Gary Friedrich, co-creator of Ghost Rider, recently lost his longtime battle against Marvel for theatrical character rights and restitution of profits from 2008’s Ghost Rider. The court ruled in Marvel’s favor twice in also demanding Friedrich pay $17,000 for prints he’s sold at shows. In addition, he is no longer allowed to say that he’s the creator of Ghost Rider for financial gain. How does Friedrich earning a bit of income from a true statement hurt Marvel? The obvious answer is, IT DOESN’T.
Marvel Comics makes millions and Disney billions, yet they want to hurt the unemployed Friedrich by making him pay what’s pocket change to them? Marvel will soon learn that $17,000 is not worth their reputation. Many fans are planning to boycott Ghost Rider: Spirit of Vengeance, the movie sequel out next week. While this may not put a dent in the box office, it will certainly have long reaching effects when these same fans stop buying comics. I know quite a few people who are planning to drop all Marvel titles from their pull files.
If this ruling sticks, it could cripple Friedrich, and if this ruling sticks, it has the potential to upset the income of many more.
“Getting original art has become a personal tradition when I go to cons. It’s one of my favorite parts!” Ryan Dalton, one of my Twitter lovelies, tweets a sentiment shared by many con goers. However, wth the court’s ruling, we may be seeing the end of such treats.
I have a Jeremy Haun Batman piece hanging above my desk. I hope to one day have a collection of X-Men and the best of DC’s women drawn by a variety of my favorite artists. If the creator of a character cannot profit from signing anything but officially licensed items, how long before freelance artists aren’t allowed to profit from drawing characters they didn’t create?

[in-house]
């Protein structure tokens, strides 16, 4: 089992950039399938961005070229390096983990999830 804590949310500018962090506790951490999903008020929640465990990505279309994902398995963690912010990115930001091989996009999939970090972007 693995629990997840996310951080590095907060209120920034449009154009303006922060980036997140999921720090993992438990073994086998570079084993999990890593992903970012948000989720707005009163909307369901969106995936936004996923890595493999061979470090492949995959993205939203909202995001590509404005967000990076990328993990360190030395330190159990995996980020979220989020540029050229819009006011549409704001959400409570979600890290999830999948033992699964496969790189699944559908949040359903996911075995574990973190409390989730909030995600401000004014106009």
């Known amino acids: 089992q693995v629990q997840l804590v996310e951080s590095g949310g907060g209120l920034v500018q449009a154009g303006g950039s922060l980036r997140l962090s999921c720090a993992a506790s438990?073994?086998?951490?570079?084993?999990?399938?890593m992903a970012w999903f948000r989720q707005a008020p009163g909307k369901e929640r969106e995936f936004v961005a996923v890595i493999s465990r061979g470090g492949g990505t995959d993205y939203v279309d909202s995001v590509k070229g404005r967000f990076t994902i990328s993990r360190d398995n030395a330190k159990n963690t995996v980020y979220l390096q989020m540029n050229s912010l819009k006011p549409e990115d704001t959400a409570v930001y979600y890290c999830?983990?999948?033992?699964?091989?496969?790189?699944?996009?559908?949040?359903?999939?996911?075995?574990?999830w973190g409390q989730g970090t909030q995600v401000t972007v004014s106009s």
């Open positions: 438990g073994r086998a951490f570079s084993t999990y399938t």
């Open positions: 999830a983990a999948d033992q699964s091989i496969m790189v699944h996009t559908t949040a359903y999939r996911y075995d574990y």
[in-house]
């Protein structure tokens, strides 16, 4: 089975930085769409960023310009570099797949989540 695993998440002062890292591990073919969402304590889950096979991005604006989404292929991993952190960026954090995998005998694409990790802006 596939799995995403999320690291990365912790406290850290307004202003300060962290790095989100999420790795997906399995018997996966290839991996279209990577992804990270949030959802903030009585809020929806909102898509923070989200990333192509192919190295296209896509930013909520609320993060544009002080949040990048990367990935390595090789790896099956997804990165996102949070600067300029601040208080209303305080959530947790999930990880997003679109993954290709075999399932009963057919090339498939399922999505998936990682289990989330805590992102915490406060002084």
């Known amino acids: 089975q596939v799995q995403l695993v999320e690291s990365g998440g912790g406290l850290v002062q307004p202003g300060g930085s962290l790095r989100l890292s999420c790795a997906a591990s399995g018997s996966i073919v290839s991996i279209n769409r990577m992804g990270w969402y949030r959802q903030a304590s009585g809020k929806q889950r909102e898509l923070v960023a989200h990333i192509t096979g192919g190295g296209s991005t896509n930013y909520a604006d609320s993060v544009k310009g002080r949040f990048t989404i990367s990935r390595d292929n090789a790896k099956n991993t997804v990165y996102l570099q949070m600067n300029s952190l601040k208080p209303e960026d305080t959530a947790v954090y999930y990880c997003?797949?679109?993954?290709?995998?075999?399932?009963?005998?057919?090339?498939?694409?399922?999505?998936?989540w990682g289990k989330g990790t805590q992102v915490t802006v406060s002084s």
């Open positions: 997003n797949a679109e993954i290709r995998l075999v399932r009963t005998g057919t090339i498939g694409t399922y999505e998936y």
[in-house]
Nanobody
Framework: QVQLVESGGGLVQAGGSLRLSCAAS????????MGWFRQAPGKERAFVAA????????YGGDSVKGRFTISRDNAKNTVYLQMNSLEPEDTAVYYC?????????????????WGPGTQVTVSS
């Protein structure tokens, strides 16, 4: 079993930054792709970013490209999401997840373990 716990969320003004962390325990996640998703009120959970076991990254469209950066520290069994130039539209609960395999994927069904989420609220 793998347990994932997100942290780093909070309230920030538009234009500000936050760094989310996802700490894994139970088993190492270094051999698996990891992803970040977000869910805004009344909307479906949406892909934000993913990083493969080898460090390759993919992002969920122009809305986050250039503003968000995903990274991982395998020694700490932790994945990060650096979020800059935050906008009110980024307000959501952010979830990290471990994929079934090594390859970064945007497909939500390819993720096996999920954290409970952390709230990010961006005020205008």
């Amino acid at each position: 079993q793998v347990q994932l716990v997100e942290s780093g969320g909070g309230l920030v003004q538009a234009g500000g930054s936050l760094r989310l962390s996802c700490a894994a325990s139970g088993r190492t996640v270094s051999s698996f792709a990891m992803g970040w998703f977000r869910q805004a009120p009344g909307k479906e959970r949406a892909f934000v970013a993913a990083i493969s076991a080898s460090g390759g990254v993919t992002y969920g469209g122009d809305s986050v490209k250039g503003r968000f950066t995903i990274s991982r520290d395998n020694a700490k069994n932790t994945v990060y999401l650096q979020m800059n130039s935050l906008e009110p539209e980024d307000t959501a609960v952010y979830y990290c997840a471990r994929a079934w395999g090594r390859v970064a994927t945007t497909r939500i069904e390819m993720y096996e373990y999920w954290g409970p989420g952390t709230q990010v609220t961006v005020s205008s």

From the mouth of one of Marvel’s own, “With great power comes great responsibility.” Marvel certainly has the power to shut down Friedrich but shouldn’t they be responsible for taking care of their own? Friedrich undoubtedly should be considered one of their own. He created a character that Marvel is profitting from and while I understand “work for hire” contracts, Marvel shouldn’t be able to toss aside creators like they did with Dave Cockrum and Jack Kirby.
I have said for many years that I’m a Marvel girl through and through but now I say it with shame. Perhaps I should instead say that I’m an X-Men and Spider-Man girl, or that I adore Kirby, Stan Lee and Steve Ditko (I really do!). It definitely wasn’t a greedy corporation that captured my interest but it will be them who loses it.
Congratulations on shackling the imaginations of your creators, Marvel. Spirit of Vengeance indeed.
Jen is working on a young adult urban fantasy novel called Slacker Heroes and a collection of pop culture essays. She makes room in her heart for both Bobby Drake and Batman. You can catch her on Facebook, Twitter and Google+.
A message from Gary Friedrich, who plans to appeal this ruling:
Since the various news agencies and websites have reported the ruling against me on my claims against Marvel in the Ghost Rider lawsuit, and the assesment of a $17,000 judgment against me and my company instead, I have read an amazing amount of comments in my support on the internet, and have received many messages of support directly. Although the reports of my employment situation and financial difficulties as well as problems with my health are unfortunately true, I want to let everyone in the comic book world, especially my supporters and fans of the Ghost Rider character which I invented, created, and wrote, that I am going to appeal the Court’s ruling and continue to fight this as long as I am able and that your support of me means more than you will ever know. I have heard your voices. I thank you with alll my heart, and I appreciate your thoughts and best wishes as I soldier on.
Feel free to keep in touch with me via e-mail: email@example.com.
Thanks again and God bless you.